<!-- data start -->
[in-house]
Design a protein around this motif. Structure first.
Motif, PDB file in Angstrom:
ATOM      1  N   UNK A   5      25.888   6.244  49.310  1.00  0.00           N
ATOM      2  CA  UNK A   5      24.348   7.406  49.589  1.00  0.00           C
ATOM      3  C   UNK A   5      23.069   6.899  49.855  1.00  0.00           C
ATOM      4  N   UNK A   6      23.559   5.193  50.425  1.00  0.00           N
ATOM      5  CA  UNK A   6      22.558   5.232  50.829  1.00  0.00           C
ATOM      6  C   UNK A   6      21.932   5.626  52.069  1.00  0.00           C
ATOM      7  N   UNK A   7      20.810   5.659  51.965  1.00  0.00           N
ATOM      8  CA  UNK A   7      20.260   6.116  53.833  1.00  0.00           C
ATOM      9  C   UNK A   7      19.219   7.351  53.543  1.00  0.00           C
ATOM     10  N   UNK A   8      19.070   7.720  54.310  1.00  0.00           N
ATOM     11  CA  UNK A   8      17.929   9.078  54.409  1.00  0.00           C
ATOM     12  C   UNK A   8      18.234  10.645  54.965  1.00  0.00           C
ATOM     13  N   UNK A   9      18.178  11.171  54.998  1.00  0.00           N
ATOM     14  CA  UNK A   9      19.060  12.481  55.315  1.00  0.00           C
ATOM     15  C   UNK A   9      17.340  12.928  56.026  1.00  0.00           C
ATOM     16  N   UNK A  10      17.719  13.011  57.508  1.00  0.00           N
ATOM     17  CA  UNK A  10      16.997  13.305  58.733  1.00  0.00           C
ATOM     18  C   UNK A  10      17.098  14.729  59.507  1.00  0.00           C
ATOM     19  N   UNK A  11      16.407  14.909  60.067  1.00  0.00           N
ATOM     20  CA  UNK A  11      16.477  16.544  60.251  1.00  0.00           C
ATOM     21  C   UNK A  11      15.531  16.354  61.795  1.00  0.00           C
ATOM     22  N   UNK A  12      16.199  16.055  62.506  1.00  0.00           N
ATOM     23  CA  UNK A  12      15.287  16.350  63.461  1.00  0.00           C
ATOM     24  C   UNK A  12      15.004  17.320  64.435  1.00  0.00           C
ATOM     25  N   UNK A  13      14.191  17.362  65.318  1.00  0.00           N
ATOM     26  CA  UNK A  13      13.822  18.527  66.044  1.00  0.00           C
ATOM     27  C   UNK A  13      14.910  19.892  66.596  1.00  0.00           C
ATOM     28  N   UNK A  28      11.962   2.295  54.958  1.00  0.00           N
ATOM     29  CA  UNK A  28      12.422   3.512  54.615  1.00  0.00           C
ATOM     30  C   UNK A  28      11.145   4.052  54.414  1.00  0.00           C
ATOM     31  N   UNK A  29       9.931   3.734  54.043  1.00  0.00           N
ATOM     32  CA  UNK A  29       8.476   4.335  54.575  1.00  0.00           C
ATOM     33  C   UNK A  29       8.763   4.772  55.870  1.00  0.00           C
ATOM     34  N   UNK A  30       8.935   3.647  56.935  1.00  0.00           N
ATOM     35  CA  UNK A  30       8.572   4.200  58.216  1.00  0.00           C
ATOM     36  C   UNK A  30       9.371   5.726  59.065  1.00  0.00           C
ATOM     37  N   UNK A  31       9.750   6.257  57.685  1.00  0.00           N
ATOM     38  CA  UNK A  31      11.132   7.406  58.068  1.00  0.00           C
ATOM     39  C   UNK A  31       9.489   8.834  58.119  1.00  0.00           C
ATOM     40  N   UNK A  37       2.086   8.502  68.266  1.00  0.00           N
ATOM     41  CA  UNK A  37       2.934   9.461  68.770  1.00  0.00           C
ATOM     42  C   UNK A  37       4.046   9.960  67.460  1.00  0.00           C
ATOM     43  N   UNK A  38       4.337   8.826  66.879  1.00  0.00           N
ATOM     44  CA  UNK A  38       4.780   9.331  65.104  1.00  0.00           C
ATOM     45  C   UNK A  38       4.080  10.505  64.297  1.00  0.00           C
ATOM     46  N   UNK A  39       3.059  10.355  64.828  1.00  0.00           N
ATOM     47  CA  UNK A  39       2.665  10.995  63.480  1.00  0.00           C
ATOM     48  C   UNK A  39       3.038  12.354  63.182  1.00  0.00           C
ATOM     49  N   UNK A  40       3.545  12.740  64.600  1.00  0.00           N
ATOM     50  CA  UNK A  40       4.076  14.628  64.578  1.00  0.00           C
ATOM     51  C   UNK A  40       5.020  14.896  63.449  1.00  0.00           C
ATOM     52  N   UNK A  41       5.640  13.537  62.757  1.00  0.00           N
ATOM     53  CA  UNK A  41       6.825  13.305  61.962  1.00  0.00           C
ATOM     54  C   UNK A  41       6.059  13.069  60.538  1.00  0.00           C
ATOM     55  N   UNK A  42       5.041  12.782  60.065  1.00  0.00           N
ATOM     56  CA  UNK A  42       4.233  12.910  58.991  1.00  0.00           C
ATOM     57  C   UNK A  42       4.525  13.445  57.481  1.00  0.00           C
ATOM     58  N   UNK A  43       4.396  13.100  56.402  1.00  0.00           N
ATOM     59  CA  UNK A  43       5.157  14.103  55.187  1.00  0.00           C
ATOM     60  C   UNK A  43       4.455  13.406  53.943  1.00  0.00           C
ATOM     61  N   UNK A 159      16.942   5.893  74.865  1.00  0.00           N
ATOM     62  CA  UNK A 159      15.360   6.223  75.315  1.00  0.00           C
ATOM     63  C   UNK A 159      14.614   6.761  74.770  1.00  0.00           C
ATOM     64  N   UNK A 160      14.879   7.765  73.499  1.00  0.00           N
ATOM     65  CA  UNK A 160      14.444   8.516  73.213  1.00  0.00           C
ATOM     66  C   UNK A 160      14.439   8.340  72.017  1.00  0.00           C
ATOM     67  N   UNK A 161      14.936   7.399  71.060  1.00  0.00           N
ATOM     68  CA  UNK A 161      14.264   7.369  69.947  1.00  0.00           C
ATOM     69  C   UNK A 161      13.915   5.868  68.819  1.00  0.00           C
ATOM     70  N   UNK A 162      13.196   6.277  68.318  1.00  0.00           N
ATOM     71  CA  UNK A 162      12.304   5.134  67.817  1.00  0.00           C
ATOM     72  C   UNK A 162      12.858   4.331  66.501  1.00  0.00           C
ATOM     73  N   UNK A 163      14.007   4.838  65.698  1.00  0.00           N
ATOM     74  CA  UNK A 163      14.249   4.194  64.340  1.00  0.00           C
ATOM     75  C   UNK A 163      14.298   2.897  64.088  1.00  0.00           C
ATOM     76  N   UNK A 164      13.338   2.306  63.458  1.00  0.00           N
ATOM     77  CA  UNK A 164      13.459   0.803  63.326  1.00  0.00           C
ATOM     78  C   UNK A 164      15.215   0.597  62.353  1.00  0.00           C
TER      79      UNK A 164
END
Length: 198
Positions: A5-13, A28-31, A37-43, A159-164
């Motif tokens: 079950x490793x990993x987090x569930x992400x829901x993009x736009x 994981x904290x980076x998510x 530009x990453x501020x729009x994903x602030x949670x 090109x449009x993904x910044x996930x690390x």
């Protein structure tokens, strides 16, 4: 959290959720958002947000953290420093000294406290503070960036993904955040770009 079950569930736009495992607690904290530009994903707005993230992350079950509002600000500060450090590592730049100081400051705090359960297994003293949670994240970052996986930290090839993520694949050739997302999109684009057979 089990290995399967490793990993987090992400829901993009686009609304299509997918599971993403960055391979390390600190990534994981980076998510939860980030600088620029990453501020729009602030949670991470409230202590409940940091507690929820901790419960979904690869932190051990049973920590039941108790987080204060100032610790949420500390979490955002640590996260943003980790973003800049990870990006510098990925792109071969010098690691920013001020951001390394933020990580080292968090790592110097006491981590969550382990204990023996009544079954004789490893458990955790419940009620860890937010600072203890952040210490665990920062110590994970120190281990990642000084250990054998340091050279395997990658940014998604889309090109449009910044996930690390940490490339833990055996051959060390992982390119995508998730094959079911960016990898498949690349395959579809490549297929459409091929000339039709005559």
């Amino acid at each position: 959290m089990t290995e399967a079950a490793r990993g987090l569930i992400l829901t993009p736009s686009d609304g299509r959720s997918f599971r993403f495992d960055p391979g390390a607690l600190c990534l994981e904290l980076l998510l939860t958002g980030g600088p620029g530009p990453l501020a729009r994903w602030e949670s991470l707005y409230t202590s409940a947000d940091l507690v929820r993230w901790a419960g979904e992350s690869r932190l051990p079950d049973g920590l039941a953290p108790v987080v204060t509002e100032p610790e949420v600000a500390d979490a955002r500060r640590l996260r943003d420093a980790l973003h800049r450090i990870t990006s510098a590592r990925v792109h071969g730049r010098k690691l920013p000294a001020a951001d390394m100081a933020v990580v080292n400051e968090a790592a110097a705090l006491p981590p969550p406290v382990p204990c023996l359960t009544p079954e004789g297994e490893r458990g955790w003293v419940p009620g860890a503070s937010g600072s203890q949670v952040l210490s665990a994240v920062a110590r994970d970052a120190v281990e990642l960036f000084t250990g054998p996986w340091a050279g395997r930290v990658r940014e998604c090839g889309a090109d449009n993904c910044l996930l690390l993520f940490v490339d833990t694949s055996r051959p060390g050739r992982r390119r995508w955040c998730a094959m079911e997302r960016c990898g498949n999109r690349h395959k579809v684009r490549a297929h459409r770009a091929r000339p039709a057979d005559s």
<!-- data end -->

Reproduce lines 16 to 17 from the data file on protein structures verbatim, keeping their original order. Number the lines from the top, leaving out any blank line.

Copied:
ATOM     13  N   UNK A   9      18.178  11.171  54.998  1.00  0.00           N
ATOM     14  CA  UNK A   9      19.060  12.481  55.315  1.00  0.00           C